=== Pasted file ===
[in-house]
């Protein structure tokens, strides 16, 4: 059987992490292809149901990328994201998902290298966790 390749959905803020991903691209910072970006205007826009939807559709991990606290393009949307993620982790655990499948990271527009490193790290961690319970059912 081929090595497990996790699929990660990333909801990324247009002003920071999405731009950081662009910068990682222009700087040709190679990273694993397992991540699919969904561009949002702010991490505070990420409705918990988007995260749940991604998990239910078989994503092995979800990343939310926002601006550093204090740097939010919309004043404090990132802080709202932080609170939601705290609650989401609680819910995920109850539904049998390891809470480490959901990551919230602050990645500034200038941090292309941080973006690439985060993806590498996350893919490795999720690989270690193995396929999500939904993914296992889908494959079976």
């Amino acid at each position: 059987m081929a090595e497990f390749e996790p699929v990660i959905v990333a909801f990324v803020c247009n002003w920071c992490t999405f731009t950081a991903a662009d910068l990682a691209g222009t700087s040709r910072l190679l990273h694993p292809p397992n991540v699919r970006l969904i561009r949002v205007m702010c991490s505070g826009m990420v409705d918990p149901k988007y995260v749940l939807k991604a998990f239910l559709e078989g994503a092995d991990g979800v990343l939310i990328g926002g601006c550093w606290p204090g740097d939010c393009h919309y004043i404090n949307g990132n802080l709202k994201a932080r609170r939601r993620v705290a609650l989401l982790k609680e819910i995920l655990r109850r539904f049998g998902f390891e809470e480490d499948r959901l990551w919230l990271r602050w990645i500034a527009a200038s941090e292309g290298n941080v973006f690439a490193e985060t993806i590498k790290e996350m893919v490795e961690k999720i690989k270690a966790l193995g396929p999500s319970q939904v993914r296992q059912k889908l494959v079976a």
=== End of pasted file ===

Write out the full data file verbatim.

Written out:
[in-house]
């Protein structure tokens, strides 16, 4: 059987992490292809149901990328994201998902290298966790 390749959905803020991903691209910072970006205007826009939807559709991990606290393009949307993620982790655990499948990271527009490193790290961690319970059912 081929090595497990996790699929990660990333909801990324247009002003920071999405731009950081662009910068990682222009700087040709190679990273694993397992991540699919969904561009949002702010991490505070990420409705918990988007995260749940991604998990239910078989994503092995979800990343939310926002601006550093204090740097939010919309004043404090990132802080709202932080609170939601705290609650989401609680819910995920109850539904049998390891809470480490959901990551919230602050990645500034200038941090292309941080973006690439985060993806590498996350893919490795999720690989270690193995396929999500939904993914296992889908494959079976």
């Amino acid at each position: 059987m081929a090595e497990f390749e996790p699929v990660i959905v990333a909801f990324v803020c247009n002003w920071c992490t999405f731009t950081a991903a662009d910068l990682a691209g222009t700087s040709r910072l190679l990273h694993p292809p397992n991540v699919r970006l969904i561009r949002v205007m702010c991490s505070g826009m990420v409705d918990p149901k988007y995260v749940l939807k991604a998990f239910l559709e078989g994503a092995d991990g979800v990343l939310i990328g926002g601006c550093w606290p204090g740097d939010c393009h919309y004043i404090n949307g990132n802080l709202k994201a932080r609170r939601r993620v705290a609650l989401l982790k609680e819910i995920l655990r109850r539904f049998g998902f390891e809470e480490d499948r959901l990551w919230l990271r602050w990645i500034a527009a200038s941090e292309g290298n941080v973006f690439a490193e985060t993806i590498k790290e996350m893919v490795e961690k999720i690989k270690a966790l193995g396929p999500s319970q939904v993914r296992q059912k889908l494959v079976a």